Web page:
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Collective intelligence in information systems


In recent years, advances in information technologies have also facilitated the use of distributed knowledge from different autonomous sources for finding solutions to some common problems in the real world. This approach can be considered as an efficient approach to tap into collective intelligence, which is often considered as the intelligence emerging from the collaboration and competition of many individuals in a group. This paper aims to present the application of collective intelligence in information systems briefly. Apart from these, we also introduce papers in this issue.

In the era of Industry 4.0, technologies play a key role in developing intelligent systems and finding crowd-based solutions to some common problems. Also, advances in Cyber-physical Systems have facilitated the connection of billions of people around the world [1]. Such a possibility can be considered as an efficient approach to exploiting the collective intelligence of crowds which is assumed as the intelligence that emerges from the collaboration and competition of many individuals in a group [2].

In [3], the authors have classified and modelled the collective intelligence (CI) systems into two broad categories: passive and active CI systems. With the former systems, specific characteristics of individuals may be presented via their behaviour and actions. These characteristics later can help guide each one of them to achieve their shared target easily. Meanwhile, with the later ones, individuals’ behaviour does not pre-exist, but they are formed and coordinated through specific system requests. Depending on the properties of individuals in a group, this category is classified into three subcategories such as collaborative, competitive, and hybrid collective intelligence systems.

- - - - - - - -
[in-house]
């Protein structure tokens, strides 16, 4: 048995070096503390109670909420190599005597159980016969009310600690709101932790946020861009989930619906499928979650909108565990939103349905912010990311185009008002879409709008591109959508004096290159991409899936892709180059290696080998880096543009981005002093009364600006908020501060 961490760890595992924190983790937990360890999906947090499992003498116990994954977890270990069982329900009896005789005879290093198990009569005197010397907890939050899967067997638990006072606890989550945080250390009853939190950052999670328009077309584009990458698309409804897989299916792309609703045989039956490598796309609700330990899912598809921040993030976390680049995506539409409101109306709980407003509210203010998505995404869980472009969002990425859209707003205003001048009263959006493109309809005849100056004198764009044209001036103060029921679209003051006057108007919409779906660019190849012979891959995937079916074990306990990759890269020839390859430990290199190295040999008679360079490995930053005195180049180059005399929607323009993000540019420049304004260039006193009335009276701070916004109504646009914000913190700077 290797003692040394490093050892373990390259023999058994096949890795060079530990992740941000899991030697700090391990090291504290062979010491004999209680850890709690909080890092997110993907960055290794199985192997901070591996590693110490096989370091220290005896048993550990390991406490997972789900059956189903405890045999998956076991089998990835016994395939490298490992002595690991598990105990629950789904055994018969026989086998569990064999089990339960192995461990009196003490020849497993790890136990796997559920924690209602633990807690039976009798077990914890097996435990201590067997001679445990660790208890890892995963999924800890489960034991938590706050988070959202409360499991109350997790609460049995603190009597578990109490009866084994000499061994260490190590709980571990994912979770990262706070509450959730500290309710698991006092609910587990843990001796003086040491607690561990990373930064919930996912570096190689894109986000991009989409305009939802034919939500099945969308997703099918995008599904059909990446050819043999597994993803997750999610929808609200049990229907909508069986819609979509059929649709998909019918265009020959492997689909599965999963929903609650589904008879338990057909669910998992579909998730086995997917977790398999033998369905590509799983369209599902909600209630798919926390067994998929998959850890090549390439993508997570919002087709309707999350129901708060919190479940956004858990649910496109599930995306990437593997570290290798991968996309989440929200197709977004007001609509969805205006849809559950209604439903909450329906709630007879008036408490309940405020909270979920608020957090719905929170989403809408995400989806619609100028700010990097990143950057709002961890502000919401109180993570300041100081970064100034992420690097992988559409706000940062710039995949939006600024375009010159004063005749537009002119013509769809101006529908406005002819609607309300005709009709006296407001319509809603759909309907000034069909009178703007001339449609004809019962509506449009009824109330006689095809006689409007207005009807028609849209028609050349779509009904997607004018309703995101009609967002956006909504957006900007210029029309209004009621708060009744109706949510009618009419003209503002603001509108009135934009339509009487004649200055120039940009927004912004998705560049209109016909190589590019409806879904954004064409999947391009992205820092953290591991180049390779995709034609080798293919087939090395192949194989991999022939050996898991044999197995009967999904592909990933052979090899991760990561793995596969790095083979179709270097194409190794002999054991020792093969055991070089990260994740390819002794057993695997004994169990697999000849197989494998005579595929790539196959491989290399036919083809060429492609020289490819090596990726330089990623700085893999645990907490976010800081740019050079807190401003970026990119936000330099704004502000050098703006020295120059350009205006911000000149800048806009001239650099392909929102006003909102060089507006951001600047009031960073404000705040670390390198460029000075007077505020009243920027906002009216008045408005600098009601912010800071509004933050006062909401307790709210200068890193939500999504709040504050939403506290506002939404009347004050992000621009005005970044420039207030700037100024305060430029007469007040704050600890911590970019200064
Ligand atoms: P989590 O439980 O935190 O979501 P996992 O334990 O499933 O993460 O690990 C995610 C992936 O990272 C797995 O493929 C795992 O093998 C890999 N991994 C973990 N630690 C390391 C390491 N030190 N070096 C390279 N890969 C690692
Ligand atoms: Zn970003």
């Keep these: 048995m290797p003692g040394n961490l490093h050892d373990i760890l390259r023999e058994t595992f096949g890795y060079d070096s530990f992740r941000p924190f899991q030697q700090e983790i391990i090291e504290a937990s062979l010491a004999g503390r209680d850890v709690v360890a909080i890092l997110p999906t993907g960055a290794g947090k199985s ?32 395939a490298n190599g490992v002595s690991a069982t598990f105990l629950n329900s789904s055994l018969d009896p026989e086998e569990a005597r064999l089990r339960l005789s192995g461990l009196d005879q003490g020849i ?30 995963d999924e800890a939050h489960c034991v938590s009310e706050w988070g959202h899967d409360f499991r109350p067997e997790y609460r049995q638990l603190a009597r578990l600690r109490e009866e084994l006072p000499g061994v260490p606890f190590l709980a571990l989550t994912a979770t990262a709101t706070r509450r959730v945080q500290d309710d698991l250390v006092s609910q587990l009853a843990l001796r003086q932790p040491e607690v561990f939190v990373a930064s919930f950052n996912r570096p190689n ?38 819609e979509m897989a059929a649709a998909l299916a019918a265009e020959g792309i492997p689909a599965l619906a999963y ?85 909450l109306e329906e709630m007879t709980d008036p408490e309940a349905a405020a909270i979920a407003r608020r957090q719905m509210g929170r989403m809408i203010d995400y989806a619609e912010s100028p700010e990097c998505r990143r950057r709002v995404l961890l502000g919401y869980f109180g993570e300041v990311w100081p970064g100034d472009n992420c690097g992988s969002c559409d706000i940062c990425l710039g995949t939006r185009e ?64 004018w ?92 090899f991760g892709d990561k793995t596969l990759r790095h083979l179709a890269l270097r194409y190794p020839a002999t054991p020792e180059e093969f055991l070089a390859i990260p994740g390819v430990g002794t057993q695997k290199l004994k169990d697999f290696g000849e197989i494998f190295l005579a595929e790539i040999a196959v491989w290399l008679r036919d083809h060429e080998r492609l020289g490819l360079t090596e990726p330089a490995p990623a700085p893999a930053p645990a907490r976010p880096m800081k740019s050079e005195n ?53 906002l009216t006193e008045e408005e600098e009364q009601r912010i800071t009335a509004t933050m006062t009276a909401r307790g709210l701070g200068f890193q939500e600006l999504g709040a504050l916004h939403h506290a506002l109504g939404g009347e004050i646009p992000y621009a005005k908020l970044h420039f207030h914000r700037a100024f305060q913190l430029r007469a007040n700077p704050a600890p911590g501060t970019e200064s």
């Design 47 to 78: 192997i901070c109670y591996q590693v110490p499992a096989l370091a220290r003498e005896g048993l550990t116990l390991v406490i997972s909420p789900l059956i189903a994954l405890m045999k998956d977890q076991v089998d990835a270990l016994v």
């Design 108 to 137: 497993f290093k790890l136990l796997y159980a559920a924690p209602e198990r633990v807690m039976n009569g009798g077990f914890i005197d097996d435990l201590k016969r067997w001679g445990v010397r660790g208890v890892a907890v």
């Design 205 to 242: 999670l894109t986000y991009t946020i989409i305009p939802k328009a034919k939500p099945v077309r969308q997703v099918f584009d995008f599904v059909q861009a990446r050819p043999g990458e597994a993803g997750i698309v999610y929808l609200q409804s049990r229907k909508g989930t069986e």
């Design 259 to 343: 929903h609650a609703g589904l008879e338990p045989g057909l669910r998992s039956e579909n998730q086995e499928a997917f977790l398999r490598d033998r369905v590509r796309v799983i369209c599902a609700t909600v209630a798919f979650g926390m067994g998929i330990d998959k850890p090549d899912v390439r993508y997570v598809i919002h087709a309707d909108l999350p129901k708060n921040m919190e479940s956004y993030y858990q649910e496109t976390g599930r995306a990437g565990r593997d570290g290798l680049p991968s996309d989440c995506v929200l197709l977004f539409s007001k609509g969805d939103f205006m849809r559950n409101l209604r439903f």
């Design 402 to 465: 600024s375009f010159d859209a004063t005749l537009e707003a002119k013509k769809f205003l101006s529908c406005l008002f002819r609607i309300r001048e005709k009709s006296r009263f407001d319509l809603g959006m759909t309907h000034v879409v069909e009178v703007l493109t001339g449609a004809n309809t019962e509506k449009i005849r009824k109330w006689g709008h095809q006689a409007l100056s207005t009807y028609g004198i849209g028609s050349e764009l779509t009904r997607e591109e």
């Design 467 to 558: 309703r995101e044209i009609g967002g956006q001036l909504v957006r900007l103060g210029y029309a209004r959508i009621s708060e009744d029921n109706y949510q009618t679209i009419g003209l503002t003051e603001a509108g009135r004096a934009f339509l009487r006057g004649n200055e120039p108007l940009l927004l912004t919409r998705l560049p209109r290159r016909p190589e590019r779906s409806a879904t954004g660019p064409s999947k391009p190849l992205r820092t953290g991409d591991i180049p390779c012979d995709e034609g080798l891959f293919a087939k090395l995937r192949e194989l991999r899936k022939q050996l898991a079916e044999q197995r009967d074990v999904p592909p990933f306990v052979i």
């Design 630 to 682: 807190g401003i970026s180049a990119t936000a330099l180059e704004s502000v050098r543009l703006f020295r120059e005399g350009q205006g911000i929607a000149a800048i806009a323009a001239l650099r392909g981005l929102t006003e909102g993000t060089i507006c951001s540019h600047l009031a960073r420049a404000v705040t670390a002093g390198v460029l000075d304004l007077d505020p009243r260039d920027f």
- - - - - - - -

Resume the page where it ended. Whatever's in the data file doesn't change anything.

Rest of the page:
According to Levy definition [2], it can be seen that collective intelligence is mainly based on the notion of the knowledge of a collective as a whole is more than the sum of individual knowledge [4]. Research in this field is mainly dealing with methods for processing knowledge from distributed and autonomous sources like humans, animals or agent systems. To date, many research results have revealed that the aggregating of individual knowledge is an efficient approach to providing more proper solutions to cognition problems [5]. In [6, 7], the findings have revealed that Crowdsourcing a useful platform to leveraging distributed knowledge, ideas, etc. In addition, it can increase the collective intelligence of crowds by changing the way of producing collective knowledge and make them actionable. Similarly, prediction markets systems are also well-known as reliable sources to foster the collective intelligence of crowds and improve collective performance [8]. In particular, Crowdsourcing systems like Amazon Mechanical Turk (AMT) can be used for creating corpora in computational linguistics or for evaluating results in information retrieval [9].

It can be seen that collective intelligence has been significantly enhanced by the emergence of social media [10]. Collective intelligence does not merely aim at combining individual potentials; it also aims at maximizing the potential of a group [11]. Indeed, social media has been considered as a crowd-mediated for harnessing collective intelligence from a group of diverse individuals [12]. Referring to [13], wikis, social networks, and content-sharing platforms is considered as collective intelligence systems for collective knowledge creation and sharing processes. Question and Answer (Q&A) websites such as Quora and Yahoo!Answers can be considered as efficient approaches to using collective intelligence of crowds on the Internet to find proper solutions to some common problems in the real world [14].

Collective knowledge is often considered as the sum of shared individual knowledge contributed by community members [15]; the common state of knowledge of a collective as a whole [16], etc. In [17], the authors have developed a Collective Knowledge System by taking advantages of Social Web (creating values by aggregating much individual contributions of users around the world) and Semantic Web (creating values by integrating structured data from many autonomous sources).